A Stickley and Audi Legacy: Fayetteville's Stickley Museum

A Stickley and Audi Legacy: Fayetteville's Stickley Museum

Shortly after Alfred and Aminy Audi purchased L. & J.G. Stickley 50 years ago, they made an astonishing discovery. Stored in the basement of the company’s Fayetteville, New York, factory was a considerable collection of antique furniture that Leopold Stickley had acquired and tucked away over many years: Dutch and German pieces from the Northern New York countryside that inspired his Cherry Valley colonial collection and English antiques shipped back from his travels in Europe. Today, they are among the oldest furniture on display at The Stickley Museum, a fascinating retrospective housed in that very same factory building.


Building a collection

The Audis recognized the importance of this historic find and set about preserving it in hopes of some future opportunity for display. Certain pieces, like the country church–inspired Deacon’s Bench, even found their way back into Stickley’s product line 40-odd years after first appearing in Cherry Valley. Others were kept in storage while the Audis continued to add to the collection by acquiring original Stickley antiques through auctions and private sale.


Old space, new life

Meanwhile, the Fayetteville factory building was undergoing changes of its own. It had operated for many decades as the heart of Stickley’s manufacturing business, but by the 1980s the company had outgrown it, and a new factory was built in nearby Manlius and opened in 1985. The Fayetteville building was sold for development into condos. Before that could happen, though, a fire tore through the structure and caused significant damage. The Audis bought the building back and started the long process of restoring and transforming it for a new purpose.

The first floor of the building came to house the Fayetteville Free Library in 2003. On the second floor, a number of factory workspaces were preserved in much the same state they’d been in for nearly a century, while the large finishing room was prepared to house the long-imagined museum.


 

Museum from scratch

To help with the transformation, Mr. Audi brought in a team of students from SUNY Oneonta’s Cooperstown Graduate Program in Museum Studies. The students organized the collection, designed the display area, and wrote copy to tell the company’s story; their lead, Greg Vadney, went on to become the museum’s first director. The Audis themselves donated items, including Mr. Audi’s childhood Cherry Valley bed and the terrace server that was a wedding gift to them from Louise Stickley. Finally, on April 11, 2007—Alfred Audi’s birthday—The Stickley Museum held its grand-opening celebration, including a special dinner for past and present employees who had worked in the old factory.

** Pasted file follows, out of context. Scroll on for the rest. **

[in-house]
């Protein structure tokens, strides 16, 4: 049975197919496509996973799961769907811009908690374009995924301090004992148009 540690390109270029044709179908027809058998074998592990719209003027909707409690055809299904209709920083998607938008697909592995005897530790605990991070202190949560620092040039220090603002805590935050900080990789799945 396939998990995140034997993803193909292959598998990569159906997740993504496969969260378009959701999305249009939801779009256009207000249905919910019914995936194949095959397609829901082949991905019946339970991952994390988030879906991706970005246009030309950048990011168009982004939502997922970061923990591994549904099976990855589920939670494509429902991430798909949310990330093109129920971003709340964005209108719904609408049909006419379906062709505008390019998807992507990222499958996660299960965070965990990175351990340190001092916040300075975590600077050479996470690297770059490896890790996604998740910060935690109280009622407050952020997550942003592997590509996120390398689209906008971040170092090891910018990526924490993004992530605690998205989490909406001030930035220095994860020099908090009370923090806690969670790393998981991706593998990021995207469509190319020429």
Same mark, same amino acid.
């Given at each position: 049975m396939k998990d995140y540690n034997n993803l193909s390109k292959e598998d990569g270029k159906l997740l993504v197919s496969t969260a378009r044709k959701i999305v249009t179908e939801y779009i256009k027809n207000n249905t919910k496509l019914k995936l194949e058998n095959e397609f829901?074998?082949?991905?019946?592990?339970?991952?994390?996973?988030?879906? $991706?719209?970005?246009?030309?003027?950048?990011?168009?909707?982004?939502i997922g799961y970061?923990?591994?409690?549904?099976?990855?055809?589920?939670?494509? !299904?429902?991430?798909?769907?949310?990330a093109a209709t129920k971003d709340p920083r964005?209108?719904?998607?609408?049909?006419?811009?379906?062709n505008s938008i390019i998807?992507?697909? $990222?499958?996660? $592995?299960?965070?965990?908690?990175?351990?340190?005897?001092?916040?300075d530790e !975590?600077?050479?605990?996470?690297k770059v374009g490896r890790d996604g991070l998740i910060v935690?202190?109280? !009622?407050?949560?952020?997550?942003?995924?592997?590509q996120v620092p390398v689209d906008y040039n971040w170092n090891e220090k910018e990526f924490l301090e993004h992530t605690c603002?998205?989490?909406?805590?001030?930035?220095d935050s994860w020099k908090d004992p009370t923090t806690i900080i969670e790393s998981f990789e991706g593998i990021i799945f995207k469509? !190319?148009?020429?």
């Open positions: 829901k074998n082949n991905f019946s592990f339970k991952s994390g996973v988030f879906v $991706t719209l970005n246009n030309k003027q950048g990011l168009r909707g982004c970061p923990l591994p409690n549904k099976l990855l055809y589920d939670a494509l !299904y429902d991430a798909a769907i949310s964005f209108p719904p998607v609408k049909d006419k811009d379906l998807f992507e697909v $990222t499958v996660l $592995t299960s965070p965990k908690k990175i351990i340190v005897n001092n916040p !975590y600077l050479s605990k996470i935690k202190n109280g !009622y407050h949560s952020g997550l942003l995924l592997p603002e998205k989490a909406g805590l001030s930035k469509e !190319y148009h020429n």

Living history

To walk the museum today is to watch a brand evolve through history, and to see that, in Mrs. Audi’s words, “Stickley is a lot more than Mission.” You’ll see examples of Stickley’s signature construction techniques, classic pieces brought back into the fold (a Prairie Settle from the famous Christie’s auction of Barbra Streisand’s Stickley collection), and masterpieces like the Bombé Chest-on-Chest from the Colonial Williamsburg Collection.

 

You can also discover the museum’s most recent acquisitions. In 2023, Museum Director Amanda Clifford was thrilled to add two original examples of Stickley’s Russwood children’s furniture, produced in the 1930s and featuring illustrations by local Central New York artist Bill Breck. And you’ll also experience Mission-inspired modern pieces like our award-winning Park Slope Accent Chair and the beautiful Park Slope Dresser with its stunning ray-flake grain and reverse-tapered posts. The Stickley Museum is a must-see for furniture lovers and history buffs, and a fun experience for those just being introduced to American furniture design and craft.

The Stickley Museum is located at 300 Orchard Street, Fayetteville, New York, on the second floor (enter through the Fayetteville Free Library). Admission is free, and current hours are Tuesdays 9am – 5pm, Fridays 10am – 5pm (May 1 through October 1 only), and Saturdays 10am – 5pm.

Post adapted from “Stroll Through the Years at Fayetteville’s Stickley Museum,” Inside Stickley blog, April 2021.

Additional sources:

Mrs. Aminy Audi, CEO and Chair of the Board 

Amanda Clifford, Director, The Stickley Museum